Sita’s Inner Harmony and Peace with Nature

In Valmiki’s Ramayana, Sita’s origin is depicted to be from Mother Earth itself. Thus, Sita is a part of Nature, and is shown to always be in harmony and at peace with Nature. When Rama was denying her not to accompany him to the forests, she said that she would remain happy merely by gazing at the hills, lakes and rivers. This exhibited her immense love and oneness with Mother Earth and all its natural elements. Throughout the Ramayana she has been referred to as “golden-skinned” and “doe-eyed”. The golden deer symbolizes an image of beauty and forest wildness.

Sita in Ramayana

The natural and scenic beauty of the forests give Sita a sense of pleasure and inner peace. The serenity of the forests makes her feel delighted and so cheerful that she would choose the simplicities of the forest life over the complexities of the life at the kingdom. She never at once regretted sacrificing the comforts of palatial life, as her inner frequencies were seamlessly in a sync with the frequencies of the forests, animals, lakes, trees, birds and rivers. Sita had a special connection with these elements of the earth. In Ramayana, when the couple is first crossing the Ganga, Sita prays to Goddess Ganga to protect Sri Rama from all the hardships of forest life. When Ravana abducts her, she calls out to all these elements of the natural world to come and rescue her. She calls upon the rivers, the animals, the trees, desperately begging to save her from the hands of the evil Ravana. The trees wept in the form of sap, as they couldn’t help Sita. Even the animals were heartbroken to see her being captured by the cruel devil. While she was being abducted, it seemed like the entire Earth went into a trance of poignancy. In all her attempts to ask Nature for help, she wakes an old vulture, Jatayu who dies fighting Ravana and drops her jewels to some monkeys, who later helped Rama in finding Sita.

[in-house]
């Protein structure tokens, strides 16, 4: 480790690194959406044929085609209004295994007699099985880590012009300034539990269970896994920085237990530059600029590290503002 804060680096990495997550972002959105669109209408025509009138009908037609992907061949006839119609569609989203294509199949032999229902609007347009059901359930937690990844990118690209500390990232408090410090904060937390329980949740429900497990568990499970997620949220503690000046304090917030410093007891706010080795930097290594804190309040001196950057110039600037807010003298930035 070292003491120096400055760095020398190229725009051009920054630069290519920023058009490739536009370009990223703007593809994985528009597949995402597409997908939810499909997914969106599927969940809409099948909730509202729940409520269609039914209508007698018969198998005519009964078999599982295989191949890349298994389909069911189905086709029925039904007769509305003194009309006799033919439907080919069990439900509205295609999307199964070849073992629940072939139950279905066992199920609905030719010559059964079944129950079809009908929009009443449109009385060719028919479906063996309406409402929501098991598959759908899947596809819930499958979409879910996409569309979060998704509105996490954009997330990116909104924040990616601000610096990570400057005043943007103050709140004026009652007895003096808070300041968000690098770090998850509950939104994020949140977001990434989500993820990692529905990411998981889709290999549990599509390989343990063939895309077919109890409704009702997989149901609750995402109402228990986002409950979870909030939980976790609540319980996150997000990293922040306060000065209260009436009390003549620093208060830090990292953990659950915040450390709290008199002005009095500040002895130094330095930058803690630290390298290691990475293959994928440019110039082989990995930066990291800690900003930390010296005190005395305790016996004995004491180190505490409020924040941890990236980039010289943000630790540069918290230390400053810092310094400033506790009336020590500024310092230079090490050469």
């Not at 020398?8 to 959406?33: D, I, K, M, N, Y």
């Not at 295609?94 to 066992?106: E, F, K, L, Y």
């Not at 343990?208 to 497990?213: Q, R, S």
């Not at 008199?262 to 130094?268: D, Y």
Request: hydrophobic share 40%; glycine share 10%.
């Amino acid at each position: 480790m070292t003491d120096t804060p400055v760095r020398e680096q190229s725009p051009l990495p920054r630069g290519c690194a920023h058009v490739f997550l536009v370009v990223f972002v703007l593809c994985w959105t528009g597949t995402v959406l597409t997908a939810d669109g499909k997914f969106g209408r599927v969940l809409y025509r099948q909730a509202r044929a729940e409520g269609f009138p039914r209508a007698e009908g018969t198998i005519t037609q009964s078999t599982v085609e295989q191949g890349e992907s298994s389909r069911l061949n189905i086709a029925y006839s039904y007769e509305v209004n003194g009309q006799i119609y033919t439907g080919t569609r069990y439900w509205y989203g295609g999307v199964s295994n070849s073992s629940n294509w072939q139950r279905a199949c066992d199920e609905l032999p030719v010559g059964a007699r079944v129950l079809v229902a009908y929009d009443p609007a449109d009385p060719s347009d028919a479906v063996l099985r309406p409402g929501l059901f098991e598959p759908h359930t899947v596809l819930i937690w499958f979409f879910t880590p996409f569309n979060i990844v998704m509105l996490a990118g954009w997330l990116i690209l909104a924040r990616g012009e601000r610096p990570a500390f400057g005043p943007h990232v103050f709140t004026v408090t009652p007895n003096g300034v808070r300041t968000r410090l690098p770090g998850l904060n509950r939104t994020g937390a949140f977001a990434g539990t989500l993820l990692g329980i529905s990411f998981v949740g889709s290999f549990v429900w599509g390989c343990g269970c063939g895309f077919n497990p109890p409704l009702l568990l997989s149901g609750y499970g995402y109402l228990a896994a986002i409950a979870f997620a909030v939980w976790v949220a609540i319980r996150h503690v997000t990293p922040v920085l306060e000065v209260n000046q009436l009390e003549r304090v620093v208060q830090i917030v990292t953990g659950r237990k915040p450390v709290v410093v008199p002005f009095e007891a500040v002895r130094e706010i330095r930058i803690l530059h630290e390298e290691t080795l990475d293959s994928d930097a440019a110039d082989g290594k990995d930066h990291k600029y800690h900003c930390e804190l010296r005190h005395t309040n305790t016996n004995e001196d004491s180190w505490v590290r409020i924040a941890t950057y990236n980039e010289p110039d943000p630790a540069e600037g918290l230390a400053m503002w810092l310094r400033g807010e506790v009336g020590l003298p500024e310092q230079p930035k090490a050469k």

Ravana tries to win over Sita in Lanka, by claiming that he loves her. However, Sita mocks Ravana by calling him a “duck meandering on the shore”, while referring to herself as a graceful swan, who will not be swayed by a crass duck. At Lanka, during her dialogues with Ravana, she is portrayed to be a fearless woman, who can fight for her moral values and devotion to her husband, and the doubts of her being a submissive and weak woman is absolutely erased. This enraged Ravana, and he gave Sita twelve months to change her mind, and sends her to a grove of ashoka trees, where she was tortured by cruel and filthy women. Inspite of all this bad treatment, Sita was calm both outside and inside. Her soul was still in absolute harmony, and this harmony with nature gave her the tolerance and resistance to face the terror of Ravana and his fellow demons. She constantly tells Ravana to give up even shimmer of hope that she would give in to him, as his intentions were evil and actions perverse, and that she is inseparable from Rama as sunlight is from the Sun. Her unequivocal devotion for Rama had been derived from her oneness, harmony, inner peace and stability with Nature. Nature gave her the strength to tolerate her stay at Lanka. Nature gave her the self-belief that Rama would vanquish Ravana and rescue her from that unholy kingdom, replete with devils, filled with cruel intentions.

It is this inner harmony that breeds other good qualities of Sita. We see her extreme forgiveness, when she pardons all the female guards, when Hanuman offered to kill them. She understood that what they did was a consequence of Ravana’s orders. She is also very generous, when it comes to gratitude. She willingly gifts Hanuman the necklace that Rama gave her, as a token of appreciation of all the help that that he and his army provided to Rama to rescue her back. Her generosity is also highlighted when she asks the wives of all the monkey warriors to accompany them back to Ayodhya, to participate in the grand celebrations there with them.